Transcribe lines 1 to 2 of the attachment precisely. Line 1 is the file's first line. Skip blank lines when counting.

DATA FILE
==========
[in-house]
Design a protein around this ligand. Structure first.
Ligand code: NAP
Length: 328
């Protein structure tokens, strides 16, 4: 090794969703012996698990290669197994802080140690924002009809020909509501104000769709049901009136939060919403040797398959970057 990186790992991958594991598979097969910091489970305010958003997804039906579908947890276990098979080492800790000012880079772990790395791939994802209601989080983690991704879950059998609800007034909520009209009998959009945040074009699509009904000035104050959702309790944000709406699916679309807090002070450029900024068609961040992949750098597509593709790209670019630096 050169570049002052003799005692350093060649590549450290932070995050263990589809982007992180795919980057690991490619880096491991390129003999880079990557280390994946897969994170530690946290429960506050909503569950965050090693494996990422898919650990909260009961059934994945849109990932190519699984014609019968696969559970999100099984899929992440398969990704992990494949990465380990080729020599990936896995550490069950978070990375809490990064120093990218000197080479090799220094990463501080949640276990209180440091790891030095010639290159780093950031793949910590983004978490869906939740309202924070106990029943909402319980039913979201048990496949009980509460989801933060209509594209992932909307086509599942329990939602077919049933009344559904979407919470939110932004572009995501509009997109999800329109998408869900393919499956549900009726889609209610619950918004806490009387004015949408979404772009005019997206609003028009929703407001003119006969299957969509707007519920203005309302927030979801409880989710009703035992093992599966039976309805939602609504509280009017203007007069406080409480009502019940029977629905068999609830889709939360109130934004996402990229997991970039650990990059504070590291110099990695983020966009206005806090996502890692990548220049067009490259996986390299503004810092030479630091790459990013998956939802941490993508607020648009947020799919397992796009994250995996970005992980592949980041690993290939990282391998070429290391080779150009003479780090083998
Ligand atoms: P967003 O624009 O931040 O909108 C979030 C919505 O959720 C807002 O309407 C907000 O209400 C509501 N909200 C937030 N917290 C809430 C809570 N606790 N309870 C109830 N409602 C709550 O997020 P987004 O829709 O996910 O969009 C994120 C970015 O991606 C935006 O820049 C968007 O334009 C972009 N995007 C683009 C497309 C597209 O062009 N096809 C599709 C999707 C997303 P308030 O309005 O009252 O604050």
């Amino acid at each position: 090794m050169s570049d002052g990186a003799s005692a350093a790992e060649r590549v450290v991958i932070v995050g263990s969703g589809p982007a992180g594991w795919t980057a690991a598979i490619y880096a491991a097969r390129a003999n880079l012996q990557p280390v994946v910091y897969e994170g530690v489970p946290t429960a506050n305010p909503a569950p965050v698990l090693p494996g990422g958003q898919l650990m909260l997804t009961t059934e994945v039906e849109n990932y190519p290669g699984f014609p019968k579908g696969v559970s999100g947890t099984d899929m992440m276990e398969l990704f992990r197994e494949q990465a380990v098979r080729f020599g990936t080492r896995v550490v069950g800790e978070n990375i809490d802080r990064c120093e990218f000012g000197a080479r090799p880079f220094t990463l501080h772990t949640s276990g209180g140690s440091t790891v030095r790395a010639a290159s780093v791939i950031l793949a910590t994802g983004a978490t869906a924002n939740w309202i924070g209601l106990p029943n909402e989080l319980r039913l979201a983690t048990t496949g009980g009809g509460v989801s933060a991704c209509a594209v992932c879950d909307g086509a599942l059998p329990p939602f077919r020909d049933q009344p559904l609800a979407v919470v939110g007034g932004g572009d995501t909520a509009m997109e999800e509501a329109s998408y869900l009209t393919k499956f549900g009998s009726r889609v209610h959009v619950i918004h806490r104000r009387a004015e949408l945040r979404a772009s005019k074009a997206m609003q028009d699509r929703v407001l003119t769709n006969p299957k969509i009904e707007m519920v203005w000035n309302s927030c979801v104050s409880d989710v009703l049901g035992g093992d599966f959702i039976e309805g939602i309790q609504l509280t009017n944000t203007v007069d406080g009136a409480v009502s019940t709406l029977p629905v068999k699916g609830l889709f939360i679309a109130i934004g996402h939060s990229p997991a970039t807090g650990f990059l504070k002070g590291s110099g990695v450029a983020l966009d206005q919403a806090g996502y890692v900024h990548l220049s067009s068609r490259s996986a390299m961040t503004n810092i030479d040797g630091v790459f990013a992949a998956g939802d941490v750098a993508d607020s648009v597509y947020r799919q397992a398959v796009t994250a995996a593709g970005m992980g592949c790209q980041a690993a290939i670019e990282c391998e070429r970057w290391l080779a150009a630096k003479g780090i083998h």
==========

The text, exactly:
[in-house]
Design a protein around this ligand. Structure first.